HDFS is built to support applications with large data sets, including individual files that reach into the terabytes. It uses a master/slave architecture, with each cluster consisting of a single NameNode that manages file system operations and supporting DataNodes that manage data storage on individual compute nodes.

In the next image, Fig. 1 are exposed the workflow diagram for the Machine Learning algorithm applied to B dataset

Figure 1: Workflow for Machine Learning algorithm

And in the second one, Fig. 2 the workflow for dataset A, this workflow was constructed from the selected methodology, the idea is to follow this pattern of work to increase the productivity of research as they are work frames highly tested by qualified researchers in the area.

Figure 2: Workflow for Data Mining research

For the data set B, a recursion stage is considered in case the final predictions are not satisfactory, this would entail rethinking the model and to get everything values again. For data set A, the diagram is focused on maximum representation of the data to extract a substantial number of conclusions from graphs.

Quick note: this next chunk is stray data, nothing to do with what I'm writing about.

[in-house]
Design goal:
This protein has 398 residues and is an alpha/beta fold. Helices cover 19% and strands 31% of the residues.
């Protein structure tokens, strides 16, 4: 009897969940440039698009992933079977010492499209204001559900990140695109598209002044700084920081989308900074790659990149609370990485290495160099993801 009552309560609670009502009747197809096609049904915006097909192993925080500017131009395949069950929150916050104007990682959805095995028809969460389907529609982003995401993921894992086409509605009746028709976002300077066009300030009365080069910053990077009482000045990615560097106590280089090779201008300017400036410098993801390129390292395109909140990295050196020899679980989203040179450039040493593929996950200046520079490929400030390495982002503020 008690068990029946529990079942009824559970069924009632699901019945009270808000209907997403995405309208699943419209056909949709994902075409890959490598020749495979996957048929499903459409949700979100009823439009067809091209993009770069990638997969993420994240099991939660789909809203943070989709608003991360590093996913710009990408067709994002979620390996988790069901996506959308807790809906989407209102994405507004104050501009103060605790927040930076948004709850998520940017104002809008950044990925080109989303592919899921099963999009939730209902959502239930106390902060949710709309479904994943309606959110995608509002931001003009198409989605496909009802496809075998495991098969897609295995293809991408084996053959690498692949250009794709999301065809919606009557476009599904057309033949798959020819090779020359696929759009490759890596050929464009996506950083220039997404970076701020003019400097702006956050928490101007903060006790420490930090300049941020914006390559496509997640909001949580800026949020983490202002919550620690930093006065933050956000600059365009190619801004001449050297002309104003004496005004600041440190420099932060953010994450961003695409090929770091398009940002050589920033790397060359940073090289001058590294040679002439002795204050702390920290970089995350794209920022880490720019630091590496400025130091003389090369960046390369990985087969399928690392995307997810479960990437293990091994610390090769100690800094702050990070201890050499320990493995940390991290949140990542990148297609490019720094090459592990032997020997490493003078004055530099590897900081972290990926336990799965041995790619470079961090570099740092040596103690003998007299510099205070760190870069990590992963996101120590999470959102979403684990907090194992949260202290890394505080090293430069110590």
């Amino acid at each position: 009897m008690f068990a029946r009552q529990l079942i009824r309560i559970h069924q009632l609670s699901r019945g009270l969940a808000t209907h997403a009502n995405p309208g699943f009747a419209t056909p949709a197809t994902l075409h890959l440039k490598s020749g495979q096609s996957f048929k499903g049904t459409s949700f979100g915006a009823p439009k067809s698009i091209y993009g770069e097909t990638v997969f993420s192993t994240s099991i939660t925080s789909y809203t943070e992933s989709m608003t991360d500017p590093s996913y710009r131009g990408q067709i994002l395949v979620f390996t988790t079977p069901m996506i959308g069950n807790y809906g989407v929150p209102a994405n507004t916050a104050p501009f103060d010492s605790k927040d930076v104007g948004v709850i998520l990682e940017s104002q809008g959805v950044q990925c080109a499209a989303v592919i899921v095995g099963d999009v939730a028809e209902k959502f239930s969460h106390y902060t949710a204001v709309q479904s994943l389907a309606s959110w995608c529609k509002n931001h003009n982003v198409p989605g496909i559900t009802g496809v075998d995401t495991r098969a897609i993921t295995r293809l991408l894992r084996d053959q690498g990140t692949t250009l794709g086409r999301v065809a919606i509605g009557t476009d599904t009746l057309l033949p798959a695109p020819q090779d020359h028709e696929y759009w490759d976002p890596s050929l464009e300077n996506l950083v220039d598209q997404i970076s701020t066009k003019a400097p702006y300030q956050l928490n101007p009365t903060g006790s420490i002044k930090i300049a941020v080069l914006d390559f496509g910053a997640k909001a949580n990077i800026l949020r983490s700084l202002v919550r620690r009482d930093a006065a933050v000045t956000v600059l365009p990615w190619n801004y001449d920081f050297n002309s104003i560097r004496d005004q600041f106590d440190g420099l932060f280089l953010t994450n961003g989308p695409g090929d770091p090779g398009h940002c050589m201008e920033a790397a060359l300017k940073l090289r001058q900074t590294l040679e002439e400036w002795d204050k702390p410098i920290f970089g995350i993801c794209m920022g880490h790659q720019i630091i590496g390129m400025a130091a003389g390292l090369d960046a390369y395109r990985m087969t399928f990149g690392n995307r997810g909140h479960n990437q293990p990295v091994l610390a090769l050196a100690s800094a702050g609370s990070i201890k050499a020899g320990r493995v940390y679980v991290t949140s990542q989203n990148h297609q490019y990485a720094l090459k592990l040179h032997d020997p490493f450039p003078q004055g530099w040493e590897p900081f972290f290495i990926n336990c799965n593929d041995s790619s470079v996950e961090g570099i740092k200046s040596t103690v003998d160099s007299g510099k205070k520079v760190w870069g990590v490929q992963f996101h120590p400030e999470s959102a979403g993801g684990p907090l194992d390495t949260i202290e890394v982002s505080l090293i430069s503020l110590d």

A. Dataset A

The first result obtained is a map of the central region of Italy with each of 8000 points where earthquakes occurred.

Figure 3: Scatter ploting with administrative subdivision

We’ve drawn a scatter plot on Italy map Fig. 3, containing points with a 50 meters’ diameter, corresponding to each point of A dataset.

This is a first step, but doesn’t really tell anything interesting about the density per region – merely that there were more earthquakes in Marche Italy region than in the outer places.

Figure 4: Density ploting with administrative subdivision

Now we can see how was the distribution Fig. 4 of the earthquake. It is clear on the map that the regions most affected were Lazio, Marche and Umbria.

Figure 5: Magnitude rolling mean

Most of the earthquakes occurred at a depth of 10km. This can be seen in next graph Fig. 6 by a frequency histogram of depth.

Figure 6: Frequency Histogram

The following table shows the 5 earthquakes with the greatest impact and their regions where they occurred.